Seven Kings woman could lose car after being clamped while watching the Olympic Torch relay
A Seven Kings woman could lose her car after being clamped while she was watching the Olympic Torch relay.
Fran Olabanji, 52, said she missed the flame pass near her home so caught up with it in Chadwell Heath on July 22.
She parked in the car park of Booker Cash and Carry in Selinas Lane and arrived back to find her car clamped.
She was told the release charge was �465 and, unable to pay, walked home.
Mrs Olabanji said the incident “put a downer” on the historic day.
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She added: “I couldn’t have been there for more than half an hour and I think it was probably closer to 20 minutes.
“I had to chase the torch and just saw the back of a torchbearer before it went around the corner back onto the High Road.
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“My husband and I were slightly sceptical coming up to the Games but when I saw the torch it transformed my feelings.”
Mrs Olabanji works in central London and said it was her only chance to see the torch relay.
She called the release charge “disproportionate and unmerciful” and claimed she did not see the warning sign, which was allegedly high up with small writing, when she parked.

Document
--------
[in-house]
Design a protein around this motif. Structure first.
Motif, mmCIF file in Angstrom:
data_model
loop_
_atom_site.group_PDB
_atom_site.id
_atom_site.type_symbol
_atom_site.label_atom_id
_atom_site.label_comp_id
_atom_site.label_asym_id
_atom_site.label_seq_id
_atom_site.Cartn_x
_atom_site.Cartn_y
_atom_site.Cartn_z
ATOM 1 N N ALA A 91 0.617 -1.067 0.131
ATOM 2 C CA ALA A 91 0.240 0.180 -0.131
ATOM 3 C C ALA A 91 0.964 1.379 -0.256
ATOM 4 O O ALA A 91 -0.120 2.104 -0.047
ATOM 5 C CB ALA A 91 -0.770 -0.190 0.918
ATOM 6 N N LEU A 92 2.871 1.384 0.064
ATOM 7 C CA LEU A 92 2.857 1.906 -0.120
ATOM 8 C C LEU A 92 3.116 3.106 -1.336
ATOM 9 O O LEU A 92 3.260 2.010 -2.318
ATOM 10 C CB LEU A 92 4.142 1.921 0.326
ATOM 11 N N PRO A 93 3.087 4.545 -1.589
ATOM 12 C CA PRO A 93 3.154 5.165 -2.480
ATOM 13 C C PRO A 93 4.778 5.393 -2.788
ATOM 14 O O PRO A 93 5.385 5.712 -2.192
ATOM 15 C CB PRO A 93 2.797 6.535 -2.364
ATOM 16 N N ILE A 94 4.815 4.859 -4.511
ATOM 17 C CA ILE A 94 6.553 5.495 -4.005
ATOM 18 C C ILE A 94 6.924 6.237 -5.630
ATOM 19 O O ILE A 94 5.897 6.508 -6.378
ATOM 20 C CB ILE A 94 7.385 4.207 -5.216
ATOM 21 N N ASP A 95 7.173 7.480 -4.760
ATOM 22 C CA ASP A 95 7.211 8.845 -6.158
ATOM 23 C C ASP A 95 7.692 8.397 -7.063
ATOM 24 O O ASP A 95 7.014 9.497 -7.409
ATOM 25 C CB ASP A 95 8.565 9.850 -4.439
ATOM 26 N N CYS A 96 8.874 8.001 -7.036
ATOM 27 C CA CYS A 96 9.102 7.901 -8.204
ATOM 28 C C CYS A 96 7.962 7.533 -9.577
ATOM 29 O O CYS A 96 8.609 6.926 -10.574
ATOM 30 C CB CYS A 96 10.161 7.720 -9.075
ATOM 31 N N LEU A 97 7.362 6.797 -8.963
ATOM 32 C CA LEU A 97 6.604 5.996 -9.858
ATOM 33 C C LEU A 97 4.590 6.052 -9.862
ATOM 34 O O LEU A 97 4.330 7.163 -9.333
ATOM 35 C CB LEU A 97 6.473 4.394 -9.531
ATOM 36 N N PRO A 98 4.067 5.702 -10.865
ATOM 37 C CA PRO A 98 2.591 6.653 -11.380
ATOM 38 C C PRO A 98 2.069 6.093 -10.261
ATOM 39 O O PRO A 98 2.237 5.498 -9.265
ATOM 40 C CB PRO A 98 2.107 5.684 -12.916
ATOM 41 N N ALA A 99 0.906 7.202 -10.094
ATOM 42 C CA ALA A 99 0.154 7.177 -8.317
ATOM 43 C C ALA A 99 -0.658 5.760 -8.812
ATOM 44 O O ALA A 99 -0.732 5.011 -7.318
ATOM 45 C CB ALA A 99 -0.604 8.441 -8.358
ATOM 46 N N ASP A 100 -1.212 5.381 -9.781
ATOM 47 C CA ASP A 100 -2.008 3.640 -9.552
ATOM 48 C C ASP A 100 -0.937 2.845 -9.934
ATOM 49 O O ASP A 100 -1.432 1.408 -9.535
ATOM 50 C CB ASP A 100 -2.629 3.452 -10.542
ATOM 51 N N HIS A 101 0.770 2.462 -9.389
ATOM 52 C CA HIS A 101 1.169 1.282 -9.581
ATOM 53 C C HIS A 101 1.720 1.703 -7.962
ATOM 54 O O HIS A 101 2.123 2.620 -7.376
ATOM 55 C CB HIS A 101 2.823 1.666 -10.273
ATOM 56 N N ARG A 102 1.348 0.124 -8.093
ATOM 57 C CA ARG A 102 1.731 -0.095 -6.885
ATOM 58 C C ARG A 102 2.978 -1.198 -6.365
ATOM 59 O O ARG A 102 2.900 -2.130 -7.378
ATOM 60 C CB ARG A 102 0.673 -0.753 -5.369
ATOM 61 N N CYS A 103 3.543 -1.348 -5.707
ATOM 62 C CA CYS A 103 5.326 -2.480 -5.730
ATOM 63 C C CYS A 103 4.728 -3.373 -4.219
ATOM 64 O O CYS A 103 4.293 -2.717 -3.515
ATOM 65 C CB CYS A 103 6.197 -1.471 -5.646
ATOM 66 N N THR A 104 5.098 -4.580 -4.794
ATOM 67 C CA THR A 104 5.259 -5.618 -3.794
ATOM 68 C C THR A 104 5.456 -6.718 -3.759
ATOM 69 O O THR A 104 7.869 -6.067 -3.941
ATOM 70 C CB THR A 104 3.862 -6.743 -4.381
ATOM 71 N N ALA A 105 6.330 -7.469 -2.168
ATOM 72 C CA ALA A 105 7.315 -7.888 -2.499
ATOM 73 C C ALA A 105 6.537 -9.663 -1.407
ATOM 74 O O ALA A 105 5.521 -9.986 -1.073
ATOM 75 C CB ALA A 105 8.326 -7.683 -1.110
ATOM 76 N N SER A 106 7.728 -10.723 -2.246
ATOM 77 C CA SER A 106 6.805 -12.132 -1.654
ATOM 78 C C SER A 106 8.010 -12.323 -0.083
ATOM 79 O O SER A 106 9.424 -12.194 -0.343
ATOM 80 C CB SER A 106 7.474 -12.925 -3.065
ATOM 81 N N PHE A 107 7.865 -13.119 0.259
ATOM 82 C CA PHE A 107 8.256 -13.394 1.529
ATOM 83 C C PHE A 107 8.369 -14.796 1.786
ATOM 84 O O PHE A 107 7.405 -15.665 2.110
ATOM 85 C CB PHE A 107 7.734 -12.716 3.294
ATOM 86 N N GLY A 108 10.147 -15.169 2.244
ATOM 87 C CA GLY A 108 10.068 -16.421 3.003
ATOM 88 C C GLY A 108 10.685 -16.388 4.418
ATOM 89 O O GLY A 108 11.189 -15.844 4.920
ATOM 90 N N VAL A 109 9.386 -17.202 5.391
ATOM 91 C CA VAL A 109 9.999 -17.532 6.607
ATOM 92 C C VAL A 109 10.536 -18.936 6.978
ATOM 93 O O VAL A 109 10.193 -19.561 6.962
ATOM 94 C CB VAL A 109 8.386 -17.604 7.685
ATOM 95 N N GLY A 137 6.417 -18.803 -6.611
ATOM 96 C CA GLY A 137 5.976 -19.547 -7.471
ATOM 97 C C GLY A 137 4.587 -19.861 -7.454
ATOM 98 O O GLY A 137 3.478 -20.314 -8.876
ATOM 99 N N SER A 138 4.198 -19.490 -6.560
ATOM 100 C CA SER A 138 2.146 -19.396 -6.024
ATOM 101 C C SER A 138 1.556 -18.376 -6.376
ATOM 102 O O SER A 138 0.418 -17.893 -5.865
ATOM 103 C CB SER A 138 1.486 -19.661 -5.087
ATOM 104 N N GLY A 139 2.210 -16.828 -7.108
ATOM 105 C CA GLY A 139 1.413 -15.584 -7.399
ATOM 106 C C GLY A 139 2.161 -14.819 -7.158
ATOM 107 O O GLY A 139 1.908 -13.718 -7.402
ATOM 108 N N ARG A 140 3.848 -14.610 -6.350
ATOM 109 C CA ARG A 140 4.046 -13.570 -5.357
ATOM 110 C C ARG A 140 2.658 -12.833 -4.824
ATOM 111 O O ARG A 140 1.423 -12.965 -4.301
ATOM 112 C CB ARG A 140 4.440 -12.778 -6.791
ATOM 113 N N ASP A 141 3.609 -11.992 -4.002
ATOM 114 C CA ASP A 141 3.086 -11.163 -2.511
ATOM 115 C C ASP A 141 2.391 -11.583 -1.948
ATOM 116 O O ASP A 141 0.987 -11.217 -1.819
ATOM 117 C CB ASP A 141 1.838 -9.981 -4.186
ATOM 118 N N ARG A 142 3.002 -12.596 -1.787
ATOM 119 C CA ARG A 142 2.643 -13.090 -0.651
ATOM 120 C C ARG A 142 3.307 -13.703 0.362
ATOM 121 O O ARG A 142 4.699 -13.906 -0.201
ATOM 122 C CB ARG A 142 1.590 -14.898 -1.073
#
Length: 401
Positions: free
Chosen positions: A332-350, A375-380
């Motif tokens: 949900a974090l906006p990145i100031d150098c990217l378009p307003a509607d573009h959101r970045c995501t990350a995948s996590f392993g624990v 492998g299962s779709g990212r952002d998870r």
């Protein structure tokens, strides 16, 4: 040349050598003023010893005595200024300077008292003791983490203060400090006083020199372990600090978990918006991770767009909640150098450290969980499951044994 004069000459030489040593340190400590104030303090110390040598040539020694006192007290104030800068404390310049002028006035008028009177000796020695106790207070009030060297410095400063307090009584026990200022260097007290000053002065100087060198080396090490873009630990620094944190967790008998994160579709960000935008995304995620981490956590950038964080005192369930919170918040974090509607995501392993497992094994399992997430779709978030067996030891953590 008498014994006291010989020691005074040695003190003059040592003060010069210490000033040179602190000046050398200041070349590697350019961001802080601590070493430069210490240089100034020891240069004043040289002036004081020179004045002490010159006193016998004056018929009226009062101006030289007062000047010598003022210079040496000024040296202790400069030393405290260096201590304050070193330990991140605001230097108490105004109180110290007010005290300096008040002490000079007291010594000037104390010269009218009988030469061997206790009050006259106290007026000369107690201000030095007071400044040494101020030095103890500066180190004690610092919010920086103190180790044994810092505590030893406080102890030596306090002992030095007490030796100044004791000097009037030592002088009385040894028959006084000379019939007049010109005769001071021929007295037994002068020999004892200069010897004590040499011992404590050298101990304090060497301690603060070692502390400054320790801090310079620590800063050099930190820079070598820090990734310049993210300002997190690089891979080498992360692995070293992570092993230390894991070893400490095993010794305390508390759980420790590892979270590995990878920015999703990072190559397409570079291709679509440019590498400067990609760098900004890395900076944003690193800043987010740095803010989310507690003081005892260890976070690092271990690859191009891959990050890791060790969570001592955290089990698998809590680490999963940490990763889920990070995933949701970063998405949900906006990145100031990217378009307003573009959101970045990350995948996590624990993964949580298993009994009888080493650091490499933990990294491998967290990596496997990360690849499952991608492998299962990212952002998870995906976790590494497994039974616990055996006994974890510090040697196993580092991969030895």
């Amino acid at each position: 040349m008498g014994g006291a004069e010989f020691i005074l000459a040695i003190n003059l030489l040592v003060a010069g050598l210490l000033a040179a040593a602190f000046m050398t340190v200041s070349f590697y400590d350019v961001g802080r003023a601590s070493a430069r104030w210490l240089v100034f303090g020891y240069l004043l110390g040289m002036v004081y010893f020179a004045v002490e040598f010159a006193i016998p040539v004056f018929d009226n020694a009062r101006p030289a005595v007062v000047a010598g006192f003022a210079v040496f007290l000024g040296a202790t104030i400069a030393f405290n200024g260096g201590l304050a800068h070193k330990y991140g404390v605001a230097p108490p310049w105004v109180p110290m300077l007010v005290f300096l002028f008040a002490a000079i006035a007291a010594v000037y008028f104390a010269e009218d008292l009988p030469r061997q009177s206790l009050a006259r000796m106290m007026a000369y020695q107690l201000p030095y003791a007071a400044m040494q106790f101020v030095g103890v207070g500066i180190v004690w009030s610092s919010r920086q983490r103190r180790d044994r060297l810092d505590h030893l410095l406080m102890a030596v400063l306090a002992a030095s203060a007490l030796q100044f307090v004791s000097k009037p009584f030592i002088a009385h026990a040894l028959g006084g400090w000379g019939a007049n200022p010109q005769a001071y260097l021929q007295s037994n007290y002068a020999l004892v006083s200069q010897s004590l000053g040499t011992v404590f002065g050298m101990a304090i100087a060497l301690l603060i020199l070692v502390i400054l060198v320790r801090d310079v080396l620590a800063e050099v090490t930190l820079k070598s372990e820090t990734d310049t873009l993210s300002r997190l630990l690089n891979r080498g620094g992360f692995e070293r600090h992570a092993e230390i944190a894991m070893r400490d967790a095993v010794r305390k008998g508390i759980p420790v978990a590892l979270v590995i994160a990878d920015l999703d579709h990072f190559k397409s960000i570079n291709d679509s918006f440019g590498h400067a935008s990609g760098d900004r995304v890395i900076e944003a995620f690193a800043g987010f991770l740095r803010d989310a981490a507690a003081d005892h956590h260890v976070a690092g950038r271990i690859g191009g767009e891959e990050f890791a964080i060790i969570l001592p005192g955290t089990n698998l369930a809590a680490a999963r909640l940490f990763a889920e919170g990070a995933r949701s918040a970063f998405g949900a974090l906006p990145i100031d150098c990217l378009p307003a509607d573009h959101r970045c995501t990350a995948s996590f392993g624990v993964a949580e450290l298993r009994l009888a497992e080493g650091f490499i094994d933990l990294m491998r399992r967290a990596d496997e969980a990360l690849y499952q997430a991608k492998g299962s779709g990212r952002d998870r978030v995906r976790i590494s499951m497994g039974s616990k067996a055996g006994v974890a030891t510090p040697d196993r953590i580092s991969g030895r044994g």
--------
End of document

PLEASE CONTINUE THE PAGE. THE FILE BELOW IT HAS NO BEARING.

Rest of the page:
Ilford South MP Mike Gapes has written to clampers City Watch on Mrs Olabanji’s behalf.
He said: “I think these clamping firms behave disgracefully and that’s why the law is being changed, but unfortunately until the new law comes into effect these cowboys can carry on as they are.”
New legislation will come into force in October banning clamping and towing without “lawful authority”.
Mrs Olabanji does not know what has become of her P registration Vauxhall Corsa. City Watch have the power to “dispose of” vehicles if owners do not pay fees.
She said: “Quite frankly, my car is a bit of an old banger but it’s vital for everyday life, even doing the grocery shop.”
She has offered City Watch �130 at the advice of the Citizen’s Advice Bureau. According to the AA, it is the upper “reasonable” amount that clampers should charge.
City Watch has been featured on BBC consumer programme ‘Watchdog’ and was removed from the British Parking Association’s approved operator scheme in 2010.
The company had not responded to the Recorder’s request for comment at the time of going to print.